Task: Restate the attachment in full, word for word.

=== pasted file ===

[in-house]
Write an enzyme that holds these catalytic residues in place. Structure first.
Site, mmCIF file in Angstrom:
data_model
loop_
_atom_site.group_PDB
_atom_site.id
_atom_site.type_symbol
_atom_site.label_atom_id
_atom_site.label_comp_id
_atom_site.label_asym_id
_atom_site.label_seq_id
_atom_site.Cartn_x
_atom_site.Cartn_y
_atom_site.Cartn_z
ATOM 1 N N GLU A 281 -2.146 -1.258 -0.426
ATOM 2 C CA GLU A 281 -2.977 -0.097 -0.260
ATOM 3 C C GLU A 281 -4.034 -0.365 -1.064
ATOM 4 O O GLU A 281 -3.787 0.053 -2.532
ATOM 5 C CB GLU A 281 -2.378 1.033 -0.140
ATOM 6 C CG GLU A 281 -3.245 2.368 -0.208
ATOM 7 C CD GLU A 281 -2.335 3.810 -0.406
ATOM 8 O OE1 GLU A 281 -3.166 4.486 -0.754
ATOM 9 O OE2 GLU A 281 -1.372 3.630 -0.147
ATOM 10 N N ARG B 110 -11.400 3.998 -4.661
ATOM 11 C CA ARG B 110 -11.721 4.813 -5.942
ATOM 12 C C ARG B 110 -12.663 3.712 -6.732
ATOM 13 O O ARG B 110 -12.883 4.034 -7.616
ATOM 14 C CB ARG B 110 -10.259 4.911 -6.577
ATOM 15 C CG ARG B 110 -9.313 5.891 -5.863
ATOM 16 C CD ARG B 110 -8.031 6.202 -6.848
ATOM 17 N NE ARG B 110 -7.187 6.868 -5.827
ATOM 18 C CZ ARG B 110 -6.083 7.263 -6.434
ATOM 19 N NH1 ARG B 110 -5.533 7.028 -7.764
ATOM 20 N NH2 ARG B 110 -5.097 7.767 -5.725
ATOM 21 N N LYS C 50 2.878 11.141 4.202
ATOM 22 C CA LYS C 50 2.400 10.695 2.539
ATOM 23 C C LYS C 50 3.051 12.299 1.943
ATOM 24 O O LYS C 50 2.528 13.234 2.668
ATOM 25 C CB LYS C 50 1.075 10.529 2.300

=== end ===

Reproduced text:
[in-house]
Write an enzyme that holds these catalytic residues in place. Structure first.
Site, mmCIF file in Angstrom:
data_model
loop_
_atom_site.group_PDB
_atom_site.id
_atom_site.type_symbol
_atom_site.label_atom_id
_atom_site.label_comp_id
_atom_site.label_asym_id
_atom_site.label_seq_id
_atom_site.Cartn_x
_atom_site.Cartn_y
_atom_site.Cartn_z
ATOM 1 N N GLU A 281 -2.146 -1.258 -0.426
ATOM 2 C CA GLU A 281 -2.977 -0.097 -0.260
ATOM 3 C C GLU A 281 -4.034 -0.365 -1.064
ATOM 4 O O GLU A 281 -3.787 0.053 -2.532
ATOM 5 C CB GLU A 281 -2.378 1.033 -0.140
ATOM 6 C CG GLU A 281 -3.245 2.368 -0.208
ATOM 7 C CD GLU A 281 -2.335 3.810 -0.406
ATOM 8 O OE1 GLU A 281 -3.166 4.486 -0.754
ATOM 9 O OE2 GLU A 281 -1.372 3.630 -0.147
ATOM 10 N N ARG B 110 -11.400 3.998 -4.661
ATOM 11 C CA ARG B 110 -11.721 4.813 -5.942
ATOM 12 C C ARG B 110 -12.663 3.712 -6.732
ATOM 13 O O ARG B 110 -12.883 4.034 -7.616
ATOM 14 C CB ARG B 110 -10.259 4.911 -6.577
ATOM 15 C CG ARG B 110 -9.313 5.891 -5.863
ATOM 16 C CD ARG B 110 -8.031 6.202 -6.848
ATOM 17 N NE ARG B 110 -7.187 6.868 -5.827
ATOM 18 C CZ ARG B 110 -6.083 7.263 -6.434
ATOM 19 N NH1 ARG B 110 -5.533 7.028 -7.764
ATOM 20 N NH2 ARG B 110 -5.097 7.767 -5.725
ATOM 21 N N LYS C 50 2.878 11.141 4.202
ATOM 22 C CA LYS C 50 2.400 10.695 2.539
ATOM 23 C C LYS C 50 3.051 12.299 1.943
ATOM 24 O O LYS C 50 2.528 13.234 2.668
ATOM 25 C CB LYS C 50 1.075 10.529 2.300